A homeless person walks near the Walk of Honor at the Santa Ana Civic Center.  (Photo by: Violeta Vaqueiro)

A longstanding grievance for homeless people who camp at the Orange County Civic Center in downtown Santa Ana has been the regular confiscation of their belongings by the police officers who patrol the sprawling government complex.

The Santa Ana City Council addressed that issue Tuesday night by authorizing negotiations with nonprofit Mercy House to operate a storage check-in center that would provide a secure place for homeless people to keep their things.

The gathering of homeless at the Civic Center has for years vexed city and county leaders and highlighted the lack of services in the county for the homeless population. Homeless advocates who attended Tuesday’s Council meeting said the check-in center initiative is a rare example of progress on the issue in Santa Ana.

City and county officials would still need to hammer out the details of the check-in center, including the exact location, which will be somewhere in the civic center area. Some city leaders are pressing for the downtown’s shuttered bus terminal as the best spot.

City officials also hope the county will shoulder some of the cost. Council members designated $205,000 for the center, which they are describing as a “pilot project.”

Massimo Marini, a community activist who helped organize the Civic Center Roundtable, a grassroots lobbying group made up of members of the downtown homeless population, said implementing the storage check-in center at the bus terminal would be the “preferential option” for homeless residents of the civic center.

“Santa Ana can lead in homelessness for once,” Marini said.

The check-in center would include three “customized commercial storage units” that could provide storage for about 225 homeless people, according to a city staff report.

It would also include other amenities, including electrical outlets for charging cell phones and other small devices. And the center would be a hub for resource referrals, case management and other things like bus passes and government IDs, the staff report states.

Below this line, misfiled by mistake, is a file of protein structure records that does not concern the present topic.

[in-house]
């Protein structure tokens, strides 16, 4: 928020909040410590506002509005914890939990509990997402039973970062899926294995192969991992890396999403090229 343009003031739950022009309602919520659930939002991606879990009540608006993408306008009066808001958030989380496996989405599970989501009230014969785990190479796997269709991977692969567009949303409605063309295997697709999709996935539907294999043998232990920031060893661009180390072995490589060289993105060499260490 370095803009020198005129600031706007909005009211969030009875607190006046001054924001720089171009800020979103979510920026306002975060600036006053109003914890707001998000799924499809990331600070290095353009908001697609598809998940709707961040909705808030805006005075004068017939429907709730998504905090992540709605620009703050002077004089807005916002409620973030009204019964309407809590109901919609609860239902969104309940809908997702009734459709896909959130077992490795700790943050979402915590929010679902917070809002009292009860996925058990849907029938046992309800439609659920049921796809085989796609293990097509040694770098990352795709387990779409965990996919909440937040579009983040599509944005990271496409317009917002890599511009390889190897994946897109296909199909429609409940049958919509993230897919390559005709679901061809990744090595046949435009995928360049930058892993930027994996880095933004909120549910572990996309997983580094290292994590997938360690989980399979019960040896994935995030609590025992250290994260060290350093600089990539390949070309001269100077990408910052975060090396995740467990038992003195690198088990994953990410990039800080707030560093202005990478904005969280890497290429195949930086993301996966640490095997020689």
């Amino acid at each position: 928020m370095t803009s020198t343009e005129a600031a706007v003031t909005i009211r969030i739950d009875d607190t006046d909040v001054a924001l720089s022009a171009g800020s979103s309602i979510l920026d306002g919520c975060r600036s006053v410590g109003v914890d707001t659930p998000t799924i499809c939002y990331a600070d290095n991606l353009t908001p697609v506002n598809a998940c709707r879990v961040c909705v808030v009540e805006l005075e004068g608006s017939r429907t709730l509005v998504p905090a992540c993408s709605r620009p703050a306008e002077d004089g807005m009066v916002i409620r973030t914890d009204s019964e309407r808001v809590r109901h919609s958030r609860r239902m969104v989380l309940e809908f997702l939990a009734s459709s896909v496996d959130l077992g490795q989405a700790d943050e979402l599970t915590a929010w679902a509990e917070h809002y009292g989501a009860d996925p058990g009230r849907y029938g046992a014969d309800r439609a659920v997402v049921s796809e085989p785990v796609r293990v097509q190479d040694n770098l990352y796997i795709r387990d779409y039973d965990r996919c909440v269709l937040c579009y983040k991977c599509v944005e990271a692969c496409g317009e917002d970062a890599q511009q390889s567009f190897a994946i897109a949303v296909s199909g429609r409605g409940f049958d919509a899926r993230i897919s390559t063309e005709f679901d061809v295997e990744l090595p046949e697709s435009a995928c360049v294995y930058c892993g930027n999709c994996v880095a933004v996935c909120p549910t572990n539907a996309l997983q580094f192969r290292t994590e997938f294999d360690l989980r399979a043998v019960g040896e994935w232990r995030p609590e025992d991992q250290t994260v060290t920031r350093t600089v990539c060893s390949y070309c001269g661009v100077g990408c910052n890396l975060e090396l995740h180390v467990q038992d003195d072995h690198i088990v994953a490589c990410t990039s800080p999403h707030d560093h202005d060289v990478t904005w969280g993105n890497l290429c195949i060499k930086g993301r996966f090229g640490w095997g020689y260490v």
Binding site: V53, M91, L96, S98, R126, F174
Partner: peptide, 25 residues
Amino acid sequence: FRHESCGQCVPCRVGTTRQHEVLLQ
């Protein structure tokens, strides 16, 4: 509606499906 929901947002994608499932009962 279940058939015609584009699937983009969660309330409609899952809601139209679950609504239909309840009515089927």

As part of an agreement with Mercy House, the nonprofit would be required to conduct targeted outreach and keep data on how they have helped homeless people, such as placing them into “other housing opportunities,” according to the report.

The center is also expected to reduce redundancies from charities and other groups who provide food and services for homeless residents.

Separately, council members also directed staff to negotiate with OCTA and the county on opening the public restrooms at the bust terminal earlier. Currently, they are open from 8 a.m. to 10 p.m. City officials will be seeking a 6 a.m. opening time.

Councilwoman Michele Martinez urged city staff to move forward with the storage center as quickly as possible and recommended opening it at the bus terminal.

“We need to move forward immediately. We cannot just wait for the county,” Martinez said.

Mayor Miguel Pulido, however, said keeping the storage center at the bus terminal could present “obstacles.” Pulido and the previous administration under former City Manager Paul Walters had opposed using that facility as a homeless shelter, citing possible negative impacts on downtown businesses.

“I would hate for this to be a false hope, or a panacea,” Pulido said.

Please contact Adam Elmahrek directly at aelmahrek@voiceofoc.org and follow him on Twitter: twitter.com/adamelmahrek

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